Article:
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My family has lived in Southern California since around the late 1800’s to early 1900’s. My paternal great-grandparents came to California around that time from Texas and Mexico, probably for economic reasons. The maternal side of my family is a bit mixed but they also arrived in California around that time. They came from Sicily, Colorado and Arizona, probably also for economic reasons.

Southern California back then was all farms and ranches, dairies and groves. My family went to work and they have always worked hard. Some of my family worked in the fields while some were entrepreneurs. Our family had a small trucking business until the 1970’s and even a restaurant in Corona until the early 1950’s. No one in my family was educated though above the high school level until a couple of my aunts and uncles and cousins received their college degrees beginning around the 1970’s and 80’s.

My dad was (and is) my hero. He was a US Marine and so growing up I wanted to be US Marine also. Academics held almost no interest for me in my teens even though I was given opportunity after opportunity to excel academically. Mostly this opportunity came from my parents who struggled to pay my way through private school, but also from my teachers and school administrators who would often bemoan my seeming potential and my frustrating lack of effort.

When I turned eighteen I joined the Marines. I enjoyed my time in the Corps and upon my discharge I began working in an oil refinery. I was a bit unfocused at that point. I had tried going to Fullerton College at the same time and I liked it and did well, but I was twenty-two years old and what I really wanted was to make money. The refinery paid pretty well so I dropped out of school and worked at the refinery full time. I excelled at the refinery, eventually moving into a management position and I worked there for eighteen years. Throughout that time I became aware of many of my limitations, mostly having to do with a lack of a post-secondary education. What bothered me was not simply my limitations having to do with the engineering mechanics of my job (though there was that also), but that I had no real knowledge of history, economics, philosophy and higher math. In my early 40’s I made a radical decision to take a new direction in life and I joined a Roman Catholic religious order, the Capuchin Franciscans. I was a Franciscan friar for two years before deciding it wasn’t for me. Those two years though were the best of my life and I was the best in my life. I left the friars in the fall of 2009 and I decided to go back to work but I also took a few classes at FC to see what I was academically capable of.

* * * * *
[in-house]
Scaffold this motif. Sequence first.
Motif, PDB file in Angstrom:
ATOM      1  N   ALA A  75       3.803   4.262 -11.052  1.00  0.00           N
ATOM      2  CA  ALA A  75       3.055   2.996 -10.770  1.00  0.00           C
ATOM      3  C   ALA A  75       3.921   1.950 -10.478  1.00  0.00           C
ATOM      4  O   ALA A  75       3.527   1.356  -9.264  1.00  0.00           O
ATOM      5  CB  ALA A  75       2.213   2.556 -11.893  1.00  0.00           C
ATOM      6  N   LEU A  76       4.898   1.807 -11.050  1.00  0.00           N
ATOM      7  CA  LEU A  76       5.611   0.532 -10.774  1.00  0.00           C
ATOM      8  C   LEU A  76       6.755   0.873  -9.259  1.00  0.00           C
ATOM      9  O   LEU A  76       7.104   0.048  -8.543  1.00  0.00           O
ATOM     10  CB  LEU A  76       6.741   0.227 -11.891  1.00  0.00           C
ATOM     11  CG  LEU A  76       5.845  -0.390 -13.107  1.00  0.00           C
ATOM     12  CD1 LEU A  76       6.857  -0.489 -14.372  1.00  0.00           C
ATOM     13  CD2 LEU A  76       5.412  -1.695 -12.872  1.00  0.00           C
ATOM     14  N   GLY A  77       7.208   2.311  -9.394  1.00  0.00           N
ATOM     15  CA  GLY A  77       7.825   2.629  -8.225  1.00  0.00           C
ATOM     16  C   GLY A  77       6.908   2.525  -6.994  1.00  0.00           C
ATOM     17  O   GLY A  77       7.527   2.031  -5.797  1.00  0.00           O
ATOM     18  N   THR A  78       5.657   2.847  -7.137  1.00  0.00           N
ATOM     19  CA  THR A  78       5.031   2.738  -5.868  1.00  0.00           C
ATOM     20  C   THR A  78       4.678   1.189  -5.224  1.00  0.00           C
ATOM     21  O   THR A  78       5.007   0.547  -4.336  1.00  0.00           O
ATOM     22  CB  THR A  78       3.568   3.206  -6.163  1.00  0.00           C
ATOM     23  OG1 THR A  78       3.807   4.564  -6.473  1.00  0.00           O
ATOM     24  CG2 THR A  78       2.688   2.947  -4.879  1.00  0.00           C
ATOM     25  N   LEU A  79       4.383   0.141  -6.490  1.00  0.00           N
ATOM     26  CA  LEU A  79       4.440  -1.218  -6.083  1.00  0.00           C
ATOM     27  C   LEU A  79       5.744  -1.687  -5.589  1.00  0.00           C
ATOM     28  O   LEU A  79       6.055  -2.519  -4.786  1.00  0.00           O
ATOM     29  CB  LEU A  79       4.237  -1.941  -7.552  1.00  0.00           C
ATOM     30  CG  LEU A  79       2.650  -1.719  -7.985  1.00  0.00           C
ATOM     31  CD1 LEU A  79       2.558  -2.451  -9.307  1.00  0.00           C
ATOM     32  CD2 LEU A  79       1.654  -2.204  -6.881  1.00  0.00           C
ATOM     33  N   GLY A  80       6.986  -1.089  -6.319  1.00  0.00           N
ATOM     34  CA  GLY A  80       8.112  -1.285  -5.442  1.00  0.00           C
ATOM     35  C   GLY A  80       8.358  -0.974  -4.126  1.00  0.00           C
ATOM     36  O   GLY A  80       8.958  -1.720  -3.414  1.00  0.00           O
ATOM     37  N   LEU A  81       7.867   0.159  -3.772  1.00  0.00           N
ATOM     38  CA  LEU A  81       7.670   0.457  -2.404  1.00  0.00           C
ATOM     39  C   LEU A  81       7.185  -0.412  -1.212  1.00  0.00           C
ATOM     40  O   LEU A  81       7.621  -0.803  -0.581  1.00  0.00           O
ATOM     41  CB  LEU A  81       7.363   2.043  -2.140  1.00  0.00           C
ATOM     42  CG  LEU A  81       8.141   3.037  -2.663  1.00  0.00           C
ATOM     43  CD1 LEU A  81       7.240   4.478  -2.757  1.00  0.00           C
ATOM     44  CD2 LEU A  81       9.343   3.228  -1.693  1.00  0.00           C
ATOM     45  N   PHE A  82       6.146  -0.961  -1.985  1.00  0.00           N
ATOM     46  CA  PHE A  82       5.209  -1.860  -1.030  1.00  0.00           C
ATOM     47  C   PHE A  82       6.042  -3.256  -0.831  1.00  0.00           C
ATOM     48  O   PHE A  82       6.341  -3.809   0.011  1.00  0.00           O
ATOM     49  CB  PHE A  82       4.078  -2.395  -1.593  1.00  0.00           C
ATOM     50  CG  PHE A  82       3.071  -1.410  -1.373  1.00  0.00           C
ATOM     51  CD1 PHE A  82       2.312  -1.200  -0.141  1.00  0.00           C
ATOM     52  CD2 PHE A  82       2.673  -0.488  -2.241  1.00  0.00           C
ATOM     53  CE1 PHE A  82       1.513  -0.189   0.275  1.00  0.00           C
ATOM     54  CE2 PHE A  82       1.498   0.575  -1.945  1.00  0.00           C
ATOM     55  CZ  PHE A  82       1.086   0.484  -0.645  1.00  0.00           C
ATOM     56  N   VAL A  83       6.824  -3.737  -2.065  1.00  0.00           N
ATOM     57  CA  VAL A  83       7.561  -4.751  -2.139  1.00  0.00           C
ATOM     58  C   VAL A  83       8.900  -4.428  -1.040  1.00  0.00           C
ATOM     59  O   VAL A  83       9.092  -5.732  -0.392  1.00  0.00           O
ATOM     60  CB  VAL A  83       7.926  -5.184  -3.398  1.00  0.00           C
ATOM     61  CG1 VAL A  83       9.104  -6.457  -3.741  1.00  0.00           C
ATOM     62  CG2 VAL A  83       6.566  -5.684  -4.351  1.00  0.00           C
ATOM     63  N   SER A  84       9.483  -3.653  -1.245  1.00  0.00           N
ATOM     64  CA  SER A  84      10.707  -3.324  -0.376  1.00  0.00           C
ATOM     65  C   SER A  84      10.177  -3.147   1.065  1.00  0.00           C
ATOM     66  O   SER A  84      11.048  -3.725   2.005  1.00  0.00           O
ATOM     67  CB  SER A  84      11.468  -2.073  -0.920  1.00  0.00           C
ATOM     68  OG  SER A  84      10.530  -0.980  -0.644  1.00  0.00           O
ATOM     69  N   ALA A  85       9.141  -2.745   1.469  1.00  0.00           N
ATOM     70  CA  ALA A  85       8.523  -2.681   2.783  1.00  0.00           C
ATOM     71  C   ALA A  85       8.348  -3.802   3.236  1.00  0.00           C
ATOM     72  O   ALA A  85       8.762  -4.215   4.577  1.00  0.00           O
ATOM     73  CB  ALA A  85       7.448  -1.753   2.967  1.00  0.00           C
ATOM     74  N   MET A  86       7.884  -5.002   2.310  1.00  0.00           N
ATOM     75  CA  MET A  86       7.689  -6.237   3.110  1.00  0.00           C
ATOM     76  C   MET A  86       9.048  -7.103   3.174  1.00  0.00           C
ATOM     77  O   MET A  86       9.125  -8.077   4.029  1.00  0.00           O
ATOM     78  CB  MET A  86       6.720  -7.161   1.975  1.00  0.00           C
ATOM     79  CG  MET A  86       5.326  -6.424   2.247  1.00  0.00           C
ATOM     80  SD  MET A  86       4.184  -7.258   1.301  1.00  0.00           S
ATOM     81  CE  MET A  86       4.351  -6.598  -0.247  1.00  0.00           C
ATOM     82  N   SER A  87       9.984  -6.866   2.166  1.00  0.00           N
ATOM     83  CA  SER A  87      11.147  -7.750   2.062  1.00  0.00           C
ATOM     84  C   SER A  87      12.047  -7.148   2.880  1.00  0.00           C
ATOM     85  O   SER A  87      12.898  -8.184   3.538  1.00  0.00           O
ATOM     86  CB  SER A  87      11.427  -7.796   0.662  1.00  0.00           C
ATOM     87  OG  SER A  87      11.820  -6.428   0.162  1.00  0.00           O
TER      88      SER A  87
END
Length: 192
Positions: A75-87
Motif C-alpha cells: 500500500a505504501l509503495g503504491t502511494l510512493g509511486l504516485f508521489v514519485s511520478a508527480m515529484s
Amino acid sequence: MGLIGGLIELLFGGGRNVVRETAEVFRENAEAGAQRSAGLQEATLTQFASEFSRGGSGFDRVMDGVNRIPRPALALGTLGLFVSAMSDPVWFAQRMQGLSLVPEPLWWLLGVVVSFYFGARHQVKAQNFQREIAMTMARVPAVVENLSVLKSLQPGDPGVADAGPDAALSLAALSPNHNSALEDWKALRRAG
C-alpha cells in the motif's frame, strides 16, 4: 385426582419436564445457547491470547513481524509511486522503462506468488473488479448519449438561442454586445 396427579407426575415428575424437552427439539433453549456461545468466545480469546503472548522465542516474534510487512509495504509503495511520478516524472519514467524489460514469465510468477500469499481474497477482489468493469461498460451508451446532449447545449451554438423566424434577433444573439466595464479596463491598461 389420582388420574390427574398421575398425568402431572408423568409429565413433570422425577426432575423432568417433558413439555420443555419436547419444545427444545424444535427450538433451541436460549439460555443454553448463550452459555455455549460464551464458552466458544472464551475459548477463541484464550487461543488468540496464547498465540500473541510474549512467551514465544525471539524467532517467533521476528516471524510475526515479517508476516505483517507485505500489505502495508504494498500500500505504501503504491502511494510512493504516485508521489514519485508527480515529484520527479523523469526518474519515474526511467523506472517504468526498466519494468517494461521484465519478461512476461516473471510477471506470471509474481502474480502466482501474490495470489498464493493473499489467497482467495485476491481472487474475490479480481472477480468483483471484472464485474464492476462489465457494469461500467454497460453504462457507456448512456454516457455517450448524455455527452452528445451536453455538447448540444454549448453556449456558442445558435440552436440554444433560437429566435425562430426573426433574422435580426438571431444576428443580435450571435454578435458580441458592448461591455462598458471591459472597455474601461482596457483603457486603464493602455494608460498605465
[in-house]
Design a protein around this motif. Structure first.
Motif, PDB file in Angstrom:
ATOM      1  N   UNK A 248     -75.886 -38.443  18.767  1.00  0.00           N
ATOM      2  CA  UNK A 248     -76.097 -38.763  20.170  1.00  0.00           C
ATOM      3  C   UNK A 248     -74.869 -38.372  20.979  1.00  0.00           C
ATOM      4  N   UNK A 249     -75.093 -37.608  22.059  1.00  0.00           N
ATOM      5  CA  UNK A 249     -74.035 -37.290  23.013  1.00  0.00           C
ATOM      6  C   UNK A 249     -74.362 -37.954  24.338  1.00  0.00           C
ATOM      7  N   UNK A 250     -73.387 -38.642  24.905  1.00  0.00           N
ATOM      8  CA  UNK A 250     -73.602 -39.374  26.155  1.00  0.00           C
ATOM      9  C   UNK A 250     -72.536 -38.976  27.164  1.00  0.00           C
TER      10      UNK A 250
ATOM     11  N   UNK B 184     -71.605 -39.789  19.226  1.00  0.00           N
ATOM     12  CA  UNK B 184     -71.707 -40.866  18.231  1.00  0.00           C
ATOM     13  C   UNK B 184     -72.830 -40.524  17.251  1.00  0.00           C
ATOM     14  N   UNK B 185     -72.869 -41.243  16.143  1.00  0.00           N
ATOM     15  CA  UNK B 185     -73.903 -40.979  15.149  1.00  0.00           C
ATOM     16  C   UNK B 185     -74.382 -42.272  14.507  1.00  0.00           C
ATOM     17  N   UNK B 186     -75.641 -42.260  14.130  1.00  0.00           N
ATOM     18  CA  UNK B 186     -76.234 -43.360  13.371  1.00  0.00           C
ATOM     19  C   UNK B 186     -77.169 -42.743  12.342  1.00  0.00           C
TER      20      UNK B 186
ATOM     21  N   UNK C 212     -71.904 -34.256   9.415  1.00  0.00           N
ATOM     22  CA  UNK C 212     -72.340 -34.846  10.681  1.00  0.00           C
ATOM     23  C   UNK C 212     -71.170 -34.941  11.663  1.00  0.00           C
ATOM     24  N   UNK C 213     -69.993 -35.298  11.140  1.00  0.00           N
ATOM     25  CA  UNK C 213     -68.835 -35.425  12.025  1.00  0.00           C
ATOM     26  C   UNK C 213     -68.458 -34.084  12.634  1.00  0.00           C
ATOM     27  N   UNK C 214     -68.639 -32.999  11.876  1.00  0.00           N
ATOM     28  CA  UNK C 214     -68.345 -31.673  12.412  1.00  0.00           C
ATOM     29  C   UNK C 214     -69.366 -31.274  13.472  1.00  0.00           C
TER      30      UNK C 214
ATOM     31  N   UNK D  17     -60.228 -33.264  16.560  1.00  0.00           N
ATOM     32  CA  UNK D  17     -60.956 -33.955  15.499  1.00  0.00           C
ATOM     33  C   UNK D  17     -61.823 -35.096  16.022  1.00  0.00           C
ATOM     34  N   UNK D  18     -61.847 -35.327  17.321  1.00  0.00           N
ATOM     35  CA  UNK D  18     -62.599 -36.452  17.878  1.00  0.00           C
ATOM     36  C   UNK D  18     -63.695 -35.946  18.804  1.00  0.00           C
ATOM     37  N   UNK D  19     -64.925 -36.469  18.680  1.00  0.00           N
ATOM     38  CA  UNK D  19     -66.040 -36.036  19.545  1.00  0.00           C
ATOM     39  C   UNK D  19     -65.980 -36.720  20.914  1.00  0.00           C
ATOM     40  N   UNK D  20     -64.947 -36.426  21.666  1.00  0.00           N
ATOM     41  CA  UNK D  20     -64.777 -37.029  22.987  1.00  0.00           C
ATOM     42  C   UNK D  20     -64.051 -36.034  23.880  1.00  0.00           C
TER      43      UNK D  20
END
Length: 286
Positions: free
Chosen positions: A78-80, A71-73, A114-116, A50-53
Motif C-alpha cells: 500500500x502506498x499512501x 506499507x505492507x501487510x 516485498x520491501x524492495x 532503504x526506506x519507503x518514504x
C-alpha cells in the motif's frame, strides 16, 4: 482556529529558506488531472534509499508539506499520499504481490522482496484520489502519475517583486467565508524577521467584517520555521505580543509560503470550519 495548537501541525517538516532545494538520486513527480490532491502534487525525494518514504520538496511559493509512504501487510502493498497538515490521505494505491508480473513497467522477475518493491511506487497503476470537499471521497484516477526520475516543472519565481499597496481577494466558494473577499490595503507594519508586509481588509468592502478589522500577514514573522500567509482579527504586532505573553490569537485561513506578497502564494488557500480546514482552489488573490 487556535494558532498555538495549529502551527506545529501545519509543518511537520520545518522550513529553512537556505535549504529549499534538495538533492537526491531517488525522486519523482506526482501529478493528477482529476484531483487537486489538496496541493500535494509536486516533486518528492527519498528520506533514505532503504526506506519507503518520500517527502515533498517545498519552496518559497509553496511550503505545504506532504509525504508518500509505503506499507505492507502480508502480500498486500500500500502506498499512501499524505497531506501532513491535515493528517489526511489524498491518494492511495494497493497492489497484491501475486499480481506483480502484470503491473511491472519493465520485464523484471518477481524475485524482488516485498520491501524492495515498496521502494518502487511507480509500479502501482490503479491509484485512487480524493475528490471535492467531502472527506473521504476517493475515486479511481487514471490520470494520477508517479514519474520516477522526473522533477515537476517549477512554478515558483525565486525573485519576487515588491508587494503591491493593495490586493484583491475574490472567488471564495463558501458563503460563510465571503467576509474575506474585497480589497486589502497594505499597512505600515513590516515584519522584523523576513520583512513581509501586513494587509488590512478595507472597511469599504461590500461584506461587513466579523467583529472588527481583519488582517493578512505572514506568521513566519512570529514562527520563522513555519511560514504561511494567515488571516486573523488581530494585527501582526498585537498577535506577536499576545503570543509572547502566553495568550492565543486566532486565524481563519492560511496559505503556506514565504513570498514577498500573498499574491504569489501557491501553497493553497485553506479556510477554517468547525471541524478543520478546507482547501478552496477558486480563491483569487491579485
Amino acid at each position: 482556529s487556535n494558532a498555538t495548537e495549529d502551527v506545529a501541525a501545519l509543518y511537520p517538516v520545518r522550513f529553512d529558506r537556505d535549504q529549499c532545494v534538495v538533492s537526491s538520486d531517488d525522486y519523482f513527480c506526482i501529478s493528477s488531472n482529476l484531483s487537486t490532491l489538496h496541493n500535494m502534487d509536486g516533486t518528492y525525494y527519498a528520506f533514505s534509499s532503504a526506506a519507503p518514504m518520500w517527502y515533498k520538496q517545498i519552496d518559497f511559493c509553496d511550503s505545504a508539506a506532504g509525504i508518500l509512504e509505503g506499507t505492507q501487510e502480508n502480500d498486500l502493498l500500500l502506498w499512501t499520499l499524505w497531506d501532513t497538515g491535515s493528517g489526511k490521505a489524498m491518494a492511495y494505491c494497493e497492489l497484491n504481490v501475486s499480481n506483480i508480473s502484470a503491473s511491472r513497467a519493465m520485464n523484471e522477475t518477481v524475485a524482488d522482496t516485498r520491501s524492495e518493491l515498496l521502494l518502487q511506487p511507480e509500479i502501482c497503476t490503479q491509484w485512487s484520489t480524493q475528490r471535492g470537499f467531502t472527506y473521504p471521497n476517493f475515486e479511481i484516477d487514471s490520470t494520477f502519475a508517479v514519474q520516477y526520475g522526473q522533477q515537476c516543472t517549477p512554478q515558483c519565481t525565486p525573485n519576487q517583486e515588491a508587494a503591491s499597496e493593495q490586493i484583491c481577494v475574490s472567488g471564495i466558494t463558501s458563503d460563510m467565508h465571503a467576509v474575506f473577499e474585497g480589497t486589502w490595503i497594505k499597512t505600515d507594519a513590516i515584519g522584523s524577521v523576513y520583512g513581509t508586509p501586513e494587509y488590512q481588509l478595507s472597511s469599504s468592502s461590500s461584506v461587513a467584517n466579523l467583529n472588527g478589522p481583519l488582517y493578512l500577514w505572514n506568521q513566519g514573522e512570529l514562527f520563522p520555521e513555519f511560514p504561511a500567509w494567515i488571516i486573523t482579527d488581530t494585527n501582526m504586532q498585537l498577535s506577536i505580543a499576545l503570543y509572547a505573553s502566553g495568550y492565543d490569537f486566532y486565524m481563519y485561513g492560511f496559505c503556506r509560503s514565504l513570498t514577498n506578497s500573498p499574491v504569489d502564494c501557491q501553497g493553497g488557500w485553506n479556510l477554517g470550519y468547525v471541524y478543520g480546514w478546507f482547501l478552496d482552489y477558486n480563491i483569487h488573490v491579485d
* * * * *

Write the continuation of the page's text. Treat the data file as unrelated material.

What a wonderful second chance FC has been for me. I took classes from outstanding professors such as Nick Huerta and Paul Farnham for math, Jodi Balma for political science and Dr.’s Bruce Hanson and Michael Holden for philosophy. My professors are who I will remember most about my FC years. Jodi Balma especially, she is not only the type of professor I hope to be someday but she also took an interest in my success and nominated me for man of distinction. The young people from FC’s philosophy club are also an amazing group that I will never forget. I know we will be keeping our friendships up even after we all move on.

I am heading to UC Berkeley this fall to double major in philosophy and rhetoric which I hope will lead to a second career as a teacher. I think most of my success at FC was due to the welcoming atmosphere created by FC’s faculty and administration, the school’s diversity and professionalism. I also came here with a solid primary education (as excruciating as it must have been for my teachers) and a habit I developed over time of focusing on what needs to be done and then doing it without becoming unduly distracted. I am amazed at how many mature young men and women we have at FC who can do that in their teens and early 20’s. I could not do it at that age.

My only advice to the young people who are coming to FC is the same thing I told our philosophy club shortly after we first met and it is one of the few things I know for sure. Hug the ones closest to you every day and tell them you love them, especially your parents. Life begins to move awfully fast once you start college Most students know what needs to be done as far as schoolwork goes. No one really needs to tell you, and most likely in college no one will. It is up to you whether or not you put the time in and do the necessary work.

Alumni Strories: Manuel Chavira, Jr.

"FC will give you all the tools necessary, and more, to do whatever you want to do and to become whatever you want to be. "